A hard-working small business owner and his two associates travel to Europe to close the most important deal of their lives. But what began as a routine business trip goes off the rails in every way imaginable, and unimaginable.
A hard-working small business owner (Vince Vaughn) and his two associates (Tom Wilkinson, Dave Franco) travel to Europe to close the most important deal of their lives. But what began as a routine business trip goes off the rails in every way imaginable - and unimaginable.Written by
20th Century Fox
Dan Trunkman (Vince Vaughn) and his company, Apex Select, deal in "swarf", which are most frequently metal filings produced by machine cutting. Swarf has several uses, including serving as lightweight construction materials in the automobile industry. See more »
During the demonstration the banners show "Welcome to Berlin 2014 Annual Diplomatic Summit." That has nothing to do with the G8 summit, which, by the way in 2014 happened to be in Sochi, Russia. The last G8 in Germany was in 2007 in Heiligendamm far away from Berlin. See more »
A comedy that doesn't feel like it came off a Hollywood assembly-line
A comedy comprised of equal parts heart, brains and soul, "Unfinished Business" is so low-keyed and laid-back in its humor that it's practically guaranteed to get lost amidst all the crasser and flashier items that Hollywood has to offer.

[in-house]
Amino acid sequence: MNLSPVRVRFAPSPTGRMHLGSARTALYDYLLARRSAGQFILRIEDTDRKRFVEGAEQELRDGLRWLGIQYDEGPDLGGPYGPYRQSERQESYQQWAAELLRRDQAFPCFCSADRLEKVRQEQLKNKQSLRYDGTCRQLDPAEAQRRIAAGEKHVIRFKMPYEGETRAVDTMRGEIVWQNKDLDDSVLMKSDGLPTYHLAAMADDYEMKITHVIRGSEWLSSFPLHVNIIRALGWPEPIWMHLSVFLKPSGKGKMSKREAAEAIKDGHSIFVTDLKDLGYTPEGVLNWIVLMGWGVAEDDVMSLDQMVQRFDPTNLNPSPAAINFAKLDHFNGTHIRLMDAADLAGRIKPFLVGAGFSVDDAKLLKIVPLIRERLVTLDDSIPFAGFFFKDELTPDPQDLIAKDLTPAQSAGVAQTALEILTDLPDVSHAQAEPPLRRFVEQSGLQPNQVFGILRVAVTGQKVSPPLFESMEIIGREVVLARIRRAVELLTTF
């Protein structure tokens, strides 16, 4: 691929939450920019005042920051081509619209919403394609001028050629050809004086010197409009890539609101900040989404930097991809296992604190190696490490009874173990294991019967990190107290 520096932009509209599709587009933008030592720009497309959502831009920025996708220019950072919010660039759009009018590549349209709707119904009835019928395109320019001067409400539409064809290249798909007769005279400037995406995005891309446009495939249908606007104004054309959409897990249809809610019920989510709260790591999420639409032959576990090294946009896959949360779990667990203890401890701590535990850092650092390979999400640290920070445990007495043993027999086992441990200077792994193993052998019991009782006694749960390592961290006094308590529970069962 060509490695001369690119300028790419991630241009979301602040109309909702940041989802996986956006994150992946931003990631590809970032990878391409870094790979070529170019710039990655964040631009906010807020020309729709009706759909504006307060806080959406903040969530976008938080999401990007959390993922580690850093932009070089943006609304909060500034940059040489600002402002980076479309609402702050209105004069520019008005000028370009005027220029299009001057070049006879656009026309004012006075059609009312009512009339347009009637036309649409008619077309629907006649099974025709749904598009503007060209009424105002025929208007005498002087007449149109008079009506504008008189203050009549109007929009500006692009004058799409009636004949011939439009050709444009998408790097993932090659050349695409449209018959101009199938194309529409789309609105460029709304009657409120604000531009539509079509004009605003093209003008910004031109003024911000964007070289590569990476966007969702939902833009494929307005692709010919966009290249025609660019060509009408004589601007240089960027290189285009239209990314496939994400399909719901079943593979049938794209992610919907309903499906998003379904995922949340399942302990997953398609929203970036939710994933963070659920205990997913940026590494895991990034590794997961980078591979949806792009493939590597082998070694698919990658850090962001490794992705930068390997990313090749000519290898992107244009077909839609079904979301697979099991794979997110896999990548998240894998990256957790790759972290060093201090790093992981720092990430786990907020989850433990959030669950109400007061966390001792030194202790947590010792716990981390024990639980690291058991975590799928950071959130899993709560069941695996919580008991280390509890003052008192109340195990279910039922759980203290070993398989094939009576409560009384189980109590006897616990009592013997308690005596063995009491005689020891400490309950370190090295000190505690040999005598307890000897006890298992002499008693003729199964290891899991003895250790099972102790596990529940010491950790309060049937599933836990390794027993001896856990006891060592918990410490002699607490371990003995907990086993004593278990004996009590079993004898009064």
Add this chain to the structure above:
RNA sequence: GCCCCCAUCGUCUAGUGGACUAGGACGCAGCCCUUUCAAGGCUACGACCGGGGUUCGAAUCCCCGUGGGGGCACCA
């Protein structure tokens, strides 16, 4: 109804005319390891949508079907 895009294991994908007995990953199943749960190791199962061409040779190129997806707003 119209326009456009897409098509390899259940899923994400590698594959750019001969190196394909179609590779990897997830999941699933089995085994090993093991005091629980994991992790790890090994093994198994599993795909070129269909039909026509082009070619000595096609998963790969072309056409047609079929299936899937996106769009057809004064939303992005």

The movie reminds us, too, of just how nuanced and instinctive an actor Vince Vaughn can be when he's given material worthy of his talents (check out 1998's unforgettable "Return to Paradise" for definitive proof of this assertion). Vaughn stars as Dan Trunkman, a harried St. Louis businessman and father of two who feels so unappreciated by the firm he works for that he decides to strike out on his own and start his own company. The problem is he's saddled with two less-than-impressive employees to help get the business off the ground: a 67-year-old associate named Tim McWinters (Tom Wilkinson), and a baby-faced neophyte with the giggle-inducing name of Mike Pancake (Dave Franco) whose infectious smile and childlike eagerness at least partially make up for his lack of experience, social graces and smarts. While Dan and his merry band of social misfits try and land a major account in Europe, Dan also faces crises back home with his overweight son and hyper-sensitive daughter who are struggling with issues of self-image and bullying.
It's hard to imagine that we'll encounter a more purely likable character at the movies this year than Mike Pancake. Indefatigable, perpetually smiling and almost pathologically eager to please, Michael represents all of us who are just trying to find validation and acceptance from a world that is all too often looking for ways to marginalize us or put us down. And Franco plays the role with the perfect mixture of unaffected simplicity and pathos to make us care deeply about the character.
The script by Steven Conrad is so self-assured and knowing in its reflection of human nature - especially in those moments of off-the- wall surrealism that come seemingly out of nowhere - that its lapses into crassness and vulgarity are all the more painful and regrettable when they come along. But those occasions are few and far between, and the movie has some endearing things to say about the power of team work, self-esteem and unconquerable determination in getting us the things we need and want out of life.
Directed by Ken Scott, "Unfinished Business" is a scruffy, underdog of a movie that may not be perfect but, thanks to its innate sweetness and delightful performances, certainly gets you in its corner rooting it on.
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